Mick Clifford is not one of the worst, he is one of the better ones in the mainstream. I had been on Vincent Browne with him before, and we had the same kind of debate there. So in that way, I wasn’t surprised. Maybe they asked someone who knows me – but I had the same debate with him already so – maybe he had his thoughts ready to respond.
Q: How does someone who starts off as a geographer become someone who ends up working in media analysis, media criticism?
A: Well, I did my PhD in US foreign policy, on geopolitics, and my main interest is current affairs, social sciences at large, so geography is good for that. It’s a pretty broad field, and that’s why I did the media. There is an economic crisis now, and I thought, it is essential to understand it if you are an academic in social sciences, so I jumped on it, and it’s more because of an interest in social science and current affairs at large, you can do a lot of things in geography, it’s well suited for that.
Q: At the Cleraun conference last year, Dan O’Brien said that he had asked you for the raw data from your research and you were unable to provide it, a statement he made again in a column after your appearance before the Oireachtas.
A: Yeah, Dan O’Brien, he asked me for my data and I told him I don’t have the data he is referring to, the study he is interested in is the media in the property bubble. I watched the Prime Time shows on RTÉ, and he says that on one of the shows he was there, and I said he remained vague, he didn’t give any clear warning about the housing bubble, and then he says that he did in fact, but then again after that he says again that he never saw the housing bubble. I don’t know how both can be correct, but that’s his thing, so I said Dan, I don’t have like, statistical tests and all, I just watched the TV, that’s what I did.
I don’t really understand exactly what it is that he wants, I could always watch the shows with him.
But another problem is that the shows are gone. When I did my study, they were online, and now they’ve been taken down by RTÉ. I don’t know if it had any thing to do with my study but they were down, they are still down.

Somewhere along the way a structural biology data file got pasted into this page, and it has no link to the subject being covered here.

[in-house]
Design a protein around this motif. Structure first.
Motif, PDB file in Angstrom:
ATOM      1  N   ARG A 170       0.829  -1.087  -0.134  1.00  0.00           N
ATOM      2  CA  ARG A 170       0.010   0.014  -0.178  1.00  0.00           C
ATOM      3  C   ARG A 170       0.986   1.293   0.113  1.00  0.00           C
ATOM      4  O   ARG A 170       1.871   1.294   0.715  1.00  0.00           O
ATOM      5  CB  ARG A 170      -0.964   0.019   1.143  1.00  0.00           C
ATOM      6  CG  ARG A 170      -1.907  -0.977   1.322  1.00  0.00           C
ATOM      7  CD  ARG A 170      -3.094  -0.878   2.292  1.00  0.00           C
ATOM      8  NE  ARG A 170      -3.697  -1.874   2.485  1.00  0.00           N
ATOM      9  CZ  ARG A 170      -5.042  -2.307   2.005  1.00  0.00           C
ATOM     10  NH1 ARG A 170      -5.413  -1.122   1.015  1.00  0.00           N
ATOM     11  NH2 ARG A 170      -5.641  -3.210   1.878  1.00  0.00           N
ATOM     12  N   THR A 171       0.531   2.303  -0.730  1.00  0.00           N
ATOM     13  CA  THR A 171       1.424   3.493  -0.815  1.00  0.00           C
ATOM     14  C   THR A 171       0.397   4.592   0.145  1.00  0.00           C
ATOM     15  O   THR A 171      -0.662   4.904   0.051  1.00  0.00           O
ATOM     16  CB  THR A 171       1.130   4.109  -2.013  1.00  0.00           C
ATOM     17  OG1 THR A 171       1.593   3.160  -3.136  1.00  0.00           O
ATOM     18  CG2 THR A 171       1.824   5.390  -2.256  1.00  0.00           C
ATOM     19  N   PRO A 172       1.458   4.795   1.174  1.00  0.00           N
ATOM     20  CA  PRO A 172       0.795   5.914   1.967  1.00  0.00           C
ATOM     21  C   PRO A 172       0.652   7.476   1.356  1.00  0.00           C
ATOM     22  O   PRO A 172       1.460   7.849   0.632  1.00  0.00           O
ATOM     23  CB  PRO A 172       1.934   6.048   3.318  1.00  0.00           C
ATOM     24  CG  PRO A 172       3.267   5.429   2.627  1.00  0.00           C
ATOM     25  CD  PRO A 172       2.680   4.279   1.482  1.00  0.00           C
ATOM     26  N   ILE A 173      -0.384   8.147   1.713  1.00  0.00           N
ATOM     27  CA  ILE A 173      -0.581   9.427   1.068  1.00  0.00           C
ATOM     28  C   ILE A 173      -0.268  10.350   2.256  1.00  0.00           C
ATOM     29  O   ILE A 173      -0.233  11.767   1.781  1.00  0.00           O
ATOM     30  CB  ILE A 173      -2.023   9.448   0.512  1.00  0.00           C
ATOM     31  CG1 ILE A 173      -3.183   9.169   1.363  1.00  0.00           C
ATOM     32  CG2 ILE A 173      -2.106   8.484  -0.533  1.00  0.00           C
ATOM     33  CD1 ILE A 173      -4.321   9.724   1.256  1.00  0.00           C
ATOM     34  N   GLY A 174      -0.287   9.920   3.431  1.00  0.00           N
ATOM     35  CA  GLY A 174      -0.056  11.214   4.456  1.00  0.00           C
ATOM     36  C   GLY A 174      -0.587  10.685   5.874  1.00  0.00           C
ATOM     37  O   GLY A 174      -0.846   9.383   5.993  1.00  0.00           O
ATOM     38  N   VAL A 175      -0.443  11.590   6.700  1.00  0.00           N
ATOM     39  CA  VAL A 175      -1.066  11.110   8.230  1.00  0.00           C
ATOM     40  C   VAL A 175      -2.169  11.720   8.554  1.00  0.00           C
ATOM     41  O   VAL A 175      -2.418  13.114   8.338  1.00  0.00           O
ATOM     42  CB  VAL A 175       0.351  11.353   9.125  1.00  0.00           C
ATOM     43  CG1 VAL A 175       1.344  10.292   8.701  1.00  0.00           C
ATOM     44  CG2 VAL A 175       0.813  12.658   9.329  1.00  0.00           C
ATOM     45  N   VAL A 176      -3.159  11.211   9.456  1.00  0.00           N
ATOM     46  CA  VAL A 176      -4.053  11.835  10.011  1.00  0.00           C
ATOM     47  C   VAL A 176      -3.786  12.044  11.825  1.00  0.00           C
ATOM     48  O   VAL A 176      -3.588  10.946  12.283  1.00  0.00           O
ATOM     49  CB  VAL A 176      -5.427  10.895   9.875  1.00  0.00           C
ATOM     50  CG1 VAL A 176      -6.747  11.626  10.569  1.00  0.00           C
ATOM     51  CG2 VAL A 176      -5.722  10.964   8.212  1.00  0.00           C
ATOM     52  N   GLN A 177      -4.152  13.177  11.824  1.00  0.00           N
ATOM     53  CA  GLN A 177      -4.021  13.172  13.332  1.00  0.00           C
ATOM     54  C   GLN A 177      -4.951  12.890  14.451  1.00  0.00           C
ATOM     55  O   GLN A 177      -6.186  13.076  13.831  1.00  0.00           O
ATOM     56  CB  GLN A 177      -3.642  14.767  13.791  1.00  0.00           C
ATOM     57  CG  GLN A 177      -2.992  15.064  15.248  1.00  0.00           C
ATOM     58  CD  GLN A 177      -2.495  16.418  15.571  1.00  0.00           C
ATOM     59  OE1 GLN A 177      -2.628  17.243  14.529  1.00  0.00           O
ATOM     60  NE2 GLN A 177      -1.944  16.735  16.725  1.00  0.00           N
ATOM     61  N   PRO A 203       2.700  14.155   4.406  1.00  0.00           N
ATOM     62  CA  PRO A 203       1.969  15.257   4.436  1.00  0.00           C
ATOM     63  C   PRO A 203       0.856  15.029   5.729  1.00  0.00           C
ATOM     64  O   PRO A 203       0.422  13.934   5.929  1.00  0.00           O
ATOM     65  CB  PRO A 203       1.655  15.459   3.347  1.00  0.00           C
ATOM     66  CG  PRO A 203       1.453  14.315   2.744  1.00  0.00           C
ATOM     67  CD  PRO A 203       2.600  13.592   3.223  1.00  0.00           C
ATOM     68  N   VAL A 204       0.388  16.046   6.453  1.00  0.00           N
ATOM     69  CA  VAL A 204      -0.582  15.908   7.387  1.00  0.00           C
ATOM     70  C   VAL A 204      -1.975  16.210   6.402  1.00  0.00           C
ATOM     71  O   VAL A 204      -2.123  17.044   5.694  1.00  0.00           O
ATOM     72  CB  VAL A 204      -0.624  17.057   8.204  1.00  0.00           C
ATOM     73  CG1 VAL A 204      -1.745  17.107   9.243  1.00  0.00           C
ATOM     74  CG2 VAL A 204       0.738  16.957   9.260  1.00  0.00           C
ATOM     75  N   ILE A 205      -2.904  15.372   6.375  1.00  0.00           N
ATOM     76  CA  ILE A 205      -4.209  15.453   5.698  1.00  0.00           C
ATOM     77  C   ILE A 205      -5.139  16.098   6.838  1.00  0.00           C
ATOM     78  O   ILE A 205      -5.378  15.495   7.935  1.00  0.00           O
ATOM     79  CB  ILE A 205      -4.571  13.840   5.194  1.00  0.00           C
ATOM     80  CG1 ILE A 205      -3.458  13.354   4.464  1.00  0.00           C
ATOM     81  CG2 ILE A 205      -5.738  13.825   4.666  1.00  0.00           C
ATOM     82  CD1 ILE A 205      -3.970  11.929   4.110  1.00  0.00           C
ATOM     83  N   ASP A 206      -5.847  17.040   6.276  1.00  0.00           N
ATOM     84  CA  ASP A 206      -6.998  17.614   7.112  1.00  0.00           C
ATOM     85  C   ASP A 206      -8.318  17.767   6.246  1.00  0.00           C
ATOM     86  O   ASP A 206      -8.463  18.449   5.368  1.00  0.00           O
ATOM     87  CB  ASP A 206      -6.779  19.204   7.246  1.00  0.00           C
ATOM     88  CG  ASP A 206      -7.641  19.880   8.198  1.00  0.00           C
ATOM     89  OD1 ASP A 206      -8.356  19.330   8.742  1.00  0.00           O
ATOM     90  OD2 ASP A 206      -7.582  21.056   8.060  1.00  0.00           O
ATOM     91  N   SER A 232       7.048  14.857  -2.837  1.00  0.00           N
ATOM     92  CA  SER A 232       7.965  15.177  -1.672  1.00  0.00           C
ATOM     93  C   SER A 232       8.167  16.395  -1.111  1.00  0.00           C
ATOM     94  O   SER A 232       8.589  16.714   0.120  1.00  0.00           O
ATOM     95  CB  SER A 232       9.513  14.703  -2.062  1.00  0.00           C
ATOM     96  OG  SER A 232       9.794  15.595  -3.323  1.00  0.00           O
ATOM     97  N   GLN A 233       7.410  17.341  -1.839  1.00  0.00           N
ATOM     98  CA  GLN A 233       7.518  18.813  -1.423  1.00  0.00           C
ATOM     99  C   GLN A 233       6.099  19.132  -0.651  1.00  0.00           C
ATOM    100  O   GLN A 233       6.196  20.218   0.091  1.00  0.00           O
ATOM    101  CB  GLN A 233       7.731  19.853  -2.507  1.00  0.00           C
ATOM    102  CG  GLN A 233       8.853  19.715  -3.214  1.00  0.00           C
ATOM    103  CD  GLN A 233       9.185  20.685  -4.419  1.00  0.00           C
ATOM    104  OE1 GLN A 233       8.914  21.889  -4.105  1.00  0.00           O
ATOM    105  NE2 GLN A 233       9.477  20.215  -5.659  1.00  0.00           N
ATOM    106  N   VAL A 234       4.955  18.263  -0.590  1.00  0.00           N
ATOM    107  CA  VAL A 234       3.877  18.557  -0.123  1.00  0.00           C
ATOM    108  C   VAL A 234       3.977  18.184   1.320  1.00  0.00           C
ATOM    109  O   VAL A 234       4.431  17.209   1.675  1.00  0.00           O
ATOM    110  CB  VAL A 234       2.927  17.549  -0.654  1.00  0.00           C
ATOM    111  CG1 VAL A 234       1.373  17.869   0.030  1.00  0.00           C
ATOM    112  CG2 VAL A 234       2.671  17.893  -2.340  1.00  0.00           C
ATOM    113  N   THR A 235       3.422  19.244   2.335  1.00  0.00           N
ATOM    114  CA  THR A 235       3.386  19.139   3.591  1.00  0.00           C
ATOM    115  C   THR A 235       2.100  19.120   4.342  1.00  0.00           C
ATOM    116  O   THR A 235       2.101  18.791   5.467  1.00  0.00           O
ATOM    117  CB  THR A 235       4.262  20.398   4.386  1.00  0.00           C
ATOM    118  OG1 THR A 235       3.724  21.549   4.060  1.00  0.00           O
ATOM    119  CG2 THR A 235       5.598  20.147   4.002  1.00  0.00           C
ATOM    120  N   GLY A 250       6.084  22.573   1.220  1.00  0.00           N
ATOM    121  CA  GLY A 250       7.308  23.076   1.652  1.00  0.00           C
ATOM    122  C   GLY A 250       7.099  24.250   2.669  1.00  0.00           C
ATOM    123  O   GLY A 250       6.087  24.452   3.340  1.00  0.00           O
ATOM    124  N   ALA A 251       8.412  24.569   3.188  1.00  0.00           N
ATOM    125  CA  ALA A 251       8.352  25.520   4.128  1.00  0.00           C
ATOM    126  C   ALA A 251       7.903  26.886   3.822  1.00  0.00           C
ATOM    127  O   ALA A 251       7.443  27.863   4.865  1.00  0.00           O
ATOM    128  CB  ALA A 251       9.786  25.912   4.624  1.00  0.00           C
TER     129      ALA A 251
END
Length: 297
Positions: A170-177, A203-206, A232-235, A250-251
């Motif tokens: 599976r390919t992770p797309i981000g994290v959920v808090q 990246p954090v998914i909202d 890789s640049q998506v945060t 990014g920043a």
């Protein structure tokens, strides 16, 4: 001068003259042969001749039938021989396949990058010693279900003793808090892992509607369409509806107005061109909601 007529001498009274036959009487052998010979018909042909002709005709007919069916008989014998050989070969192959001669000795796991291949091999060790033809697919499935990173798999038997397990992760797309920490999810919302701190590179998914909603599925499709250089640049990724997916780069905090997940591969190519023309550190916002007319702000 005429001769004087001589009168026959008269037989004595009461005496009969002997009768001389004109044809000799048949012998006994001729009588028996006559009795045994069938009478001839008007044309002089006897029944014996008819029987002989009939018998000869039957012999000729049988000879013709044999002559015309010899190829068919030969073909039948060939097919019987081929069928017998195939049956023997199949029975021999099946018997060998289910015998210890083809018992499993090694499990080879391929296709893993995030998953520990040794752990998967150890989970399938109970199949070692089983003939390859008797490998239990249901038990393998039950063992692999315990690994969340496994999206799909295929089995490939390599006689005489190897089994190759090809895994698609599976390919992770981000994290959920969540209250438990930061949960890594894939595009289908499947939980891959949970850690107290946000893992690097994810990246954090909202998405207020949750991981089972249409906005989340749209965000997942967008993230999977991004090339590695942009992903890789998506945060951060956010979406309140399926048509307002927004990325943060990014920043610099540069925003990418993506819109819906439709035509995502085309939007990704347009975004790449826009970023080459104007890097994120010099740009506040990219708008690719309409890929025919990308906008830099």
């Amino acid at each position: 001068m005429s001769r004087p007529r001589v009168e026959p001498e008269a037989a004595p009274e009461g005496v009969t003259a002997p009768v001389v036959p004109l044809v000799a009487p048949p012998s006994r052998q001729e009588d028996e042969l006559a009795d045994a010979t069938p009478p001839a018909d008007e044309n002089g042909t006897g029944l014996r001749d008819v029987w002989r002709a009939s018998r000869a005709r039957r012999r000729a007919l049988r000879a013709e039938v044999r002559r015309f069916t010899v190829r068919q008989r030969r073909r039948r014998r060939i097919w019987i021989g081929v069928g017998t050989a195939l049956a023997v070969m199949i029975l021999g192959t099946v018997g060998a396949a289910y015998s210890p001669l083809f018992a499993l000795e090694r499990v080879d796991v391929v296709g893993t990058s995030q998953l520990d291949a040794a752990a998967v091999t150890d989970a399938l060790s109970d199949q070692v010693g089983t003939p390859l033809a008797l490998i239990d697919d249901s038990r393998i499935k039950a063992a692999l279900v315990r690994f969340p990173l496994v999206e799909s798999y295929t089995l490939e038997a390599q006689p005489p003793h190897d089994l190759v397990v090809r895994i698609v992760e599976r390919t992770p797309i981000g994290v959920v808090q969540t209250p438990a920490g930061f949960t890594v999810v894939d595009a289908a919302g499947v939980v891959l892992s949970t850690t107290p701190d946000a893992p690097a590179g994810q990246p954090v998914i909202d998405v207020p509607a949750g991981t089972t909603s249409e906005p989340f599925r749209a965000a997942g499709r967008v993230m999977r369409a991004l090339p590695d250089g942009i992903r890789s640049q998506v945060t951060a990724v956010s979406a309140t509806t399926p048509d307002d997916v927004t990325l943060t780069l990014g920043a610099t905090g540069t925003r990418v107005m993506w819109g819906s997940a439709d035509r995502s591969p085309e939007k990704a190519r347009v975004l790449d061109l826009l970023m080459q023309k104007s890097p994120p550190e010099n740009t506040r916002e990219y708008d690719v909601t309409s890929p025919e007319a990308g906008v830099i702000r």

Q: What should media do differently? Not necessarily to spot the next property bubble, since we’re probably hyper-vigilant to that risk, but to spot the next impending disaster? What should the media be doing in order to spot the next big problem before it becomes a big problem?
A: Well there are two things. If you want to stay within the current media structure, more or less. Encouraging more investigative work on the part of journalists, encouraging more critical viewpoints, hiring journalists who don’t just repeat what the government says more or less. The other point is that the media needs to be decentralised, to become more diverse so that instead of having two or three big companies who control most of what we read or see, having maybe smaller, more people-controlled media outlets if you want to use that term, as opposed to corporate controlled or government controlled media outlets – and cut down maybe advertising revenues because that has an influence on property advertising for example.
There are a lot of commercial interests in other words that come into play, and if you reduce that influence, depend more on funding from foundations, readers subscriptions, you gain independence.
Of course, you cannot pay your journalists as much as when you have advertising revenues and you cannot have a corporate structure that’s really big. But the reporting you do is going to be more accurate if you have less commercial interests.
Journalism has to be based, not on money and profits, but instead based on finding the truth of whatever is going on.
Q: You’re been writing a weekly column for Broadsheet (http://broadsheet.ie). Is that a comment on the need for a diverse media, or were they just the ones who happened to ask you?
A: It’s a way for me to write what I think is important. In Ireland there are not many alternative media outlets, so that is one of them. There are maybe small ones, but this one is also read by young people.
Q: What you you read yourself? Blogs, mainstream media?
A: I read everything.
The Sunday Business Post is very good, it’s very serious, it’s not as fluffy and as vague as some of the other newspapers. The Irish Times has some good reporters, all the papers have some good reporters. The alternative press, yeah I read whatever is out there, mostly individuals that I think are good, if we triangulate like that we can get at the information.